Local doctor travels to South Africa to help with new clinic
On Oct. 4, Dr. Jared Long, an optometrist at Airdrie Eye Care, packed his bags and boarded a plane heading to Malawi, South Africa.
Long is taking part in a two-week project where he and four others from Canadian Vision Care (CVC) will treat patients and help newly trained optometrists from the new Malawi Optometry School, established at Mzuzu University.
“We will probably see several hundred patients a day, and there will probably be lots of kids,” Long said.
This is the doctor’s first trip to Africa, but he has been on similar trips to Mexico and Jamaica.
He said to prepare for the trip he’s spoken with people that have gone before in order to get a sense of what to expect.
Malawi is one of the poorest countries in the world and ranks 170 out of 187 countries on the United Nations Development Programme’s 2012 human development index. The index measures development by combining indicators of life expectancy, educational attainment and income.
In Malawi three out of four people live on less than US$1.25 per day and the life expectancy is 55.2 years for women is and 54.9 for men.
“It’s always a good reminder of some of the things we take for granted,” Long said of the trip.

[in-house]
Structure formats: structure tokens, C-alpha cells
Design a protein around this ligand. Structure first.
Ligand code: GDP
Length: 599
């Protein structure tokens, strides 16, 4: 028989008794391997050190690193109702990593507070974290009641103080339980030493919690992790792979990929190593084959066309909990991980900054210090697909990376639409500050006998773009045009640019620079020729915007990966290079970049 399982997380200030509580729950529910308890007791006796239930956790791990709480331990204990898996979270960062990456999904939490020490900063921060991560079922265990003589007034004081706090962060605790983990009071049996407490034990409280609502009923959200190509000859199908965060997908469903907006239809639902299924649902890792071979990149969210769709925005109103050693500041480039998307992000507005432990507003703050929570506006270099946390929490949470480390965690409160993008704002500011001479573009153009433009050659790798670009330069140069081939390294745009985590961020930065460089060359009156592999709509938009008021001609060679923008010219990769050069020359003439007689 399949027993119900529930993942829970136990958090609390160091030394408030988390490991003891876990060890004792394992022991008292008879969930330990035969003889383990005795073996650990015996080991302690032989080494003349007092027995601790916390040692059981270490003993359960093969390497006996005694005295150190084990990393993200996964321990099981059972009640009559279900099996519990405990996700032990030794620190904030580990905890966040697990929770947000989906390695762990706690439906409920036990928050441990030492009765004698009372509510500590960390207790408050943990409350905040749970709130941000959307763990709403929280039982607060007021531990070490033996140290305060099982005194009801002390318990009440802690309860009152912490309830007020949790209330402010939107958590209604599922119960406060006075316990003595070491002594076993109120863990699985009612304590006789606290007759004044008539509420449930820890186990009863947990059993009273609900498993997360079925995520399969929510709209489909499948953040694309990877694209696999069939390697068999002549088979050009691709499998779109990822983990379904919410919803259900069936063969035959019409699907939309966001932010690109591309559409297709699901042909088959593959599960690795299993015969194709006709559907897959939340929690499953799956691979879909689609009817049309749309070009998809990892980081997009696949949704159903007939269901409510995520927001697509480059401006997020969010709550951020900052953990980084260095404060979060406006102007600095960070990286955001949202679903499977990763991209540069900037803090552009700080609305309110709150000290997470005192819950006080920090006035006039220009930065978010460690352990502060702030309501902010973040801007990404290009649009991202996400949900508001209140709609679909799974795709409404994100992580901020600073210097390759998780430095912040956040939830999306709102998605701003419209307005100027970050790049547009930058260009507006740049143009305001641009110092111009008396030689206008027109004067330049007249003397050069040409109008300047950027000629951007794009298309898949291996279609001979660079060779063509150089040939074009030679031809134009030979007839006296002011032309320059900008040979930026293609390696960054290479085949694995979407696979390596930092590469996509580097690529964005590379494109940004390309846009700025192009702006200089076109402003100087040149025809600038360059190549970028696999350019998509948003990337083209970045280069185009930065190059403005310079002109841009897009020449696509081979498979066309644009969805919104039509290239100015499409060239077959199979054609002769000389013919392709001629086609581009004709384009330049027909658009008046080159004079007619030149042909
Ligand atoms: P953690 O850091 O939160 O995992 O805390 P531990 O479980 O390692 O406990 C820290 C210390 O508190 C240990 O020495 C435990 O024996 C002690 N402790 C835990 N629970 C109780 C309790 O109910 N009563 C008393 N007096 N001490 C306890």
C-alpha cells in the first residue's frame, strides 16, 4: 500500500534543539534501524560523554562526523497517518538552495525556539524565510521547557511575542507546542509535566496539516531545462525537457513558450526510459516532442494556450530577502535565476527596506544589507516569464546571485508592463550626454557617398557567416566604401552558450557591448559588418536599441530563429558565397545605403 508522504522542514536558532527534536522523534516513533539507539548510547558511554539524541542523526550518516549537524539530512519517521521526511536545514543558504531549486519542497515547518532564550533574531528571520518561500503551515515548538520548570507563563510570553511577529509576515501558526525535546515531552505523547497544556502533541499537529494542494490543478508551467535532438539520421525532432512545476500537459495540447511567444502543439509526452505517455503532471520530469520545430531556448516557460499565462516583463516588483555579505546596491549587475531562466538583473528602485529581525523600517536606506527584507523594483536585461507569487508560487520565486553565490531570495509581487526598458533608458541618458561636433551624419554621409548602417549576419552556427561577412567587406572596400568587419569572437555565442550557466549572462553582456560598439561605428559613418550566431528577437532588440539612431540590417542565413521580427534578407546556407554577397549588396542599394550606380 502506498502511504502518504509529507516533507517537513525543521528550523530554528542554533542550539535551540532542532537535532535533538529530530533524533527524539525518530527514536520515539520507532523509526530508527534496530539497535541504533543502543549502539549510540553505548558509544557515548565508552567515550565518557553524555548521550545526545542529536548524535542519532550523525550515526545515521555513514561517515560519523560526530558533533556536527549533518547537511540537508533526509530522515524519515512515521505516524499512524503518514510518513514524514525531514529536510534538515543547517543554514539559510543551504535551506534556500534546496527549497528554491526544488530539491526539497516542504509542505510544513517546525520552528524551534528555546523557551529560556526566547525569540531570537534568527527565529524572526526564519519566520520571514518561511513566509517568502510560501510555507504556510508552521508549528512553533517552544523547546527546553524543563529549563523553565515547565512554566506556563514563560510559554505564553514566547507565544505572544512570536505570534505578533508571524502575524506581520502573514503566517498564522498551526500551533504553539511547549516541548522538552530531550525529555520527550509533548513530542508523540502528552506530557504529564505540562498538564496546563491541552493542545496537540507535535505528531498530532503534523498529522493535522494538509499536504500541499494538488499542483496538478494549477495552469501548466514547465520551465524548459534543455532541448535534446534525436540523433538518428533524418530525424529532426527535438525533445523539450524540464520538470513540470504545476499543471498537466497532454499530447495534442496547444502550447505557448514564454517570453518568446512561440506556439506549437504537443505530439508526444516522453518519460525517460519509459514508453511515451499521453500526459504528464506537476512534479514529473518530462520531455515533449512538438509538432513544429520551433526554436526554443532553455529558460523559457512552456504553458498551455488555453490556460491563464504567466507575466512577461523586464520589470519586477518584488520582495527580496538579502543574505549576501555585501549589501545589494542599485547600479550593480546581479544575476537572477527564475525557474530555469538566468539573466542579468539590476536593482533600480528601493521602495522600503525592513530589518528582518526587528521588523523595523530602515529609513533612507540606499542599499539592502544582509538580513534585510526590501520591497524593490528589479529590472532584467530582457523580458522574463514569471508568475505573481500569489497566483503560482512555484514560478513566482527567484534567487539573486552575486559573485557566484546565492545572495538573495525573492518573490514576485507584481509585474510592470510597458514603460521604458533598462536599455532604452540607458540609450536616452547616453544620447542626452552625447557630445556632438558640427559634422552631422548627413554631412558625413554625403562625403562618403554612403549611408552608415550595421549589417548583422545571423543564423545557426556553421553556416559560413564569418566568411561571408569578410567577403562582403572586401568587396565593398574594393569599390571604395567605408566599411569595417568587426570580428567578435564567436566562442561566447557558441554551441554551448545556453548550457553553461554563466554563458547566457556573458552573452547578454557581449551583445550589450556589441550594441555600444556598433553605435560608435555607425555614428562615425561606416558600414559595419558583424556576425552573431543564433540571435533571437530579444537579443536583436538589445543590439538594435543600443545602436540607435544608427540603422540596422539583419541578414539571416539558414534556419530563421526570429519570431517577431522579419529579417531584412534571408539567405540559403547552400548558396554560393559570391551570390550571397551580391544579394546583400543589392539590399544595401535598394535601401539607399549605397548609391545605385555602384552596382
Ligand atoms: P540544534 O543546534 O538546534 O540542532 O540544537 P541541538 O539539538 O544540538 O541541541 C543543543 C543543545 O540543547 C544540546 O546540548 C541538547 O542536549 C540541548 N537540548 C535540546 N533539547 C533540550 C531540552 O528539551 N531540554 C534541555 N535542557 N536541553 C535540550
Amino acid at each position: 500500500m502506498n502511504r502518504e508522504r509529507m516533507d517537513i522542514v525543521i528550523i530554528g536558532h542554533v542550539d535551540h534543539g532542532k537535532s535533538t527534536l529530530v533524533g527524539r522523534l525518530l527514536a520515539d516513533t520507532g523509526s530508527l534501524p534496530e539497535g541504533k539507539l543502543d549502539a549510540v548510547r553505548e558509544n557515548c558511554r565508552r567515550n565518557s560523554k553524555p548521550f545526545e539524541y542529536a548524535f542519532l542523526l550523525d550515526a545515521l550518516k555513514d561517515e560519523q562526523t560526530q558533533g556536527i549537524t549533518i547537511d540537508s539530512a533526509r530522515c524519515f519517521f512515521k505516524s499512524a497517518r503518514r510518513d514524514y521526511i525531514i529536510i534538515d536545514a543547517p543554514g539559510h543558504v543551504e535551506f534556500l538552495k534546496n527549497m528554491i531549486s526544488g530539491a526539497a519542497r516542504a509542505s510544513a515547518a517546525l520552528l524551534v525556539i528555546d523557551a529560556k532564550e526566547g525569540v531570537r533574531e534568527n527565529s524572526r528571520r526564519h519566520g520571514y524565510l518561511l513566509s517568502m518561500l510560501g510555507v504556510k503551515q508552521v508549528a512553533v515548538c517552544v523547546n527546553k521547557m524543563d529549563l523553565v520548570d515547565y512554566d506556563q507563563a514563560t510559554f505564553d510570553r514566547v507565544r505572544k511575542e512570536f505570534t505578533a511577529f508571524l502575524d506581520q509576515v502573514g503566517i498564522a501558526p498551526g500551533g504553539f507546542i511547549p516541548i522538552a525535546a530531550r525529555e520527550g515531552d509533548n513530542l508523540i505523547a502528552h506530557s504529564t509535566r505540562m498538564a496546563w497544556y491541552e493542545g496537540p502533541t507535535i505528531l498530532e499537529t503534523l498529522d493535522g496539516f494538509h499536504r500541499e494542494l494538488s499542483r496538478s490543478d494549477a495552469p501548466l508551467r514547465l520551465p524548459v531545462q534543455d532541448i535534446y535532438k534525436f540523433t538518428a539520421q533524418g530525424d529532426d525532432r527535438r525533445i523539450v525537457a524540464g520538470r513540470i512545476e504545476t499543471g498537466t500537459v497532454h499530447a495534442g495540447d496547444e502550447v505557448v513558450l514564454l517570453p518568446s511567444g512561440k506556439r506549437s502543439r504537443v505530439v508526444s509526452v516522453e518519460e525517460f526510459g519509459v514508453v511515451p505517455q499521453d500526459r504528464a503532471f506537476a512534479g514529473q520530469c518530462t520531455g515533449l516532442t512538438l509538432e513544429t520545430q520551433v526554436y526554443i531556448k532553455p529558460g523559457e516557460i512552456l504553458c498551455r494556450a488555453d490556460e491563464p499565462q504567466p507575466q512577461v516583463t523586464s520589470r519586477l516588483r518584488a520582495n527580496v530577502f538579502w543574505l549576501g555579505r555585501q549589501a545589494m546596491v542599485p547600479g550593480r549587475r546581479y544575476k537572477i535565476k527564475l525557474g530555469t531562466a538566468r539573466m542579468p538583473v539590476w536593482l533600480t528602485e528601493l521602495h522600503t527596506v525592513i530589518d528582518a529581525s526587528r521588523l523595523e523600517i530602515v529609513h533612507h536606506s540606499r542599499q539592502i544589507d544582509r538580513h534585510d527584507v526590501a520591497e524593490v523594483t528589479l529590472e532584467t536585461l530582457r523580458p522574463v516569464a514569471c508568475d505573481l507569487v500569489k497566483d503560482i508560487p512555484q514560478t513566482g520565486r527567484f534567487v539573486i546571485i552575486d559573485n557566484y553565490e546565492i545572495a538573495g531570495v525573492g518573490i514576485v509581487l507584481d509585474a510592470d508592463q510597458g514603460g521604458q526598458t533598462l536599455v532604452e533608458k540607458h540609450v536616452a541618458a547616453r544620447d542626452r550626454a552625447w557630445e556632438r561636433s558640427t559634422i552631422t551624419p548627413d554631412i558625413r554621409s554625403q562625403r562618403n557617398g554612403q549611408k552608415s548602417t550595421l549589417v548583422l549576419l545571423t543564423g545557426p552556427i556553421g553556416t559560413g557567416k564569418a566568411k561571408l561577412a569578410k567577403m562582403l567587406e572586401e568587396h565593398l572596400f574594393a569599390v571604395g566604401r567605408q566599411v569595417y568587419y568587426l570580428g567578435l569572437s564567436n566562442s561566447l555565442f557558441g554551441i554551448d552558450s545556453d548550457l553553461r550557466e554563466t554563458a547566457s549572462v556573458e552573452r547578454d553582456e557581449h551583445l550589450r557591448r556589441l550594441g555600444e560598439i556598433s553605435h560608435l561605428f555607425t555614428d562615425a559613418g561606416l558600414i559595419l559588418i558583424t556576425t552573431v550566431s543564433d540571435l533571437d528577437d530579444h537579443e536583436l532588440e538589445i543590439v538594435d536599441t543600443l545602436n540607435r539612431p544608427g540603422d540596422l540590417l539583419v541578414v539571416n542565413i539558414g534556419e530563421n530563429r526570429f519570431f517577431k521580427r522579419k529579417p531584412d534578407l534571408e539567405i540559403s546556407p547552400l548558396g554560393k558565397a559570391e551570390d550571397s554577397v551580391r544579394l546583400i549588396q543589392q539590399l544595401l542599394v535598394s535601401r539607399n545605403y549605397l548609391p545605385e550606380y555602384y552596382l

The doctor said he expects to see patients with severe cataracts that could have easily been treated here but have been left untreated in Malawi and have resulted in patients being legally blind.
“Often in these types of places, we see everything in the worst degree because there is no access to health care,” he said.
Long added something like a simple eye infection that would be treated with antibiotics here, can balloon to a serious issue when left untreated and can result in a detached cornea that would require surgery to fix.
The optometrist said during the day when he is working in a clinic and treating several hundred people a day, he doesn’t really have the time to stop and think about what he is seeing and experiencing.
He said at night the doctors will likely get together and reflect on what they experienced during the day.
“It can be very overwhelming but at the end of the day you know helping others overrides those challenges.”
He said he became involved in the project when on a CVC project in Mexico and had the opportunity to meet Allan Jones, who spearheaded the establishment of the Malawi Optometry School along with Optometry Giving Sight.
“What I really like about this opportunity is the fact that we are working with local people who will be able to help themselves,” he said, adding the program is a long-term sustainable one and is akin to work on the belief of “giving a man a fish and he can eat for a day, but teach a man to fish and he can eat for life.”
“This is utilizing the education I was privileged to receive in order to help the less fortunate,” he said.
Long is paying for the flight himself but accommodations will be covered by CVC.
“It is very easy in our lives to become complacent and take things for granted.”
He said sharing what he experiences with his patients often results in them telling him how it helps them realize how fortunate they are to have all they do.
“There are three ways to effect change in the world: voting, how you spend your money and how you spend your time,” Long said, adding this is his way of giving back to the world for all the opportunities he has as a Canadian.
For more information on the project or to donate, visit www.canadianvisioncare.com or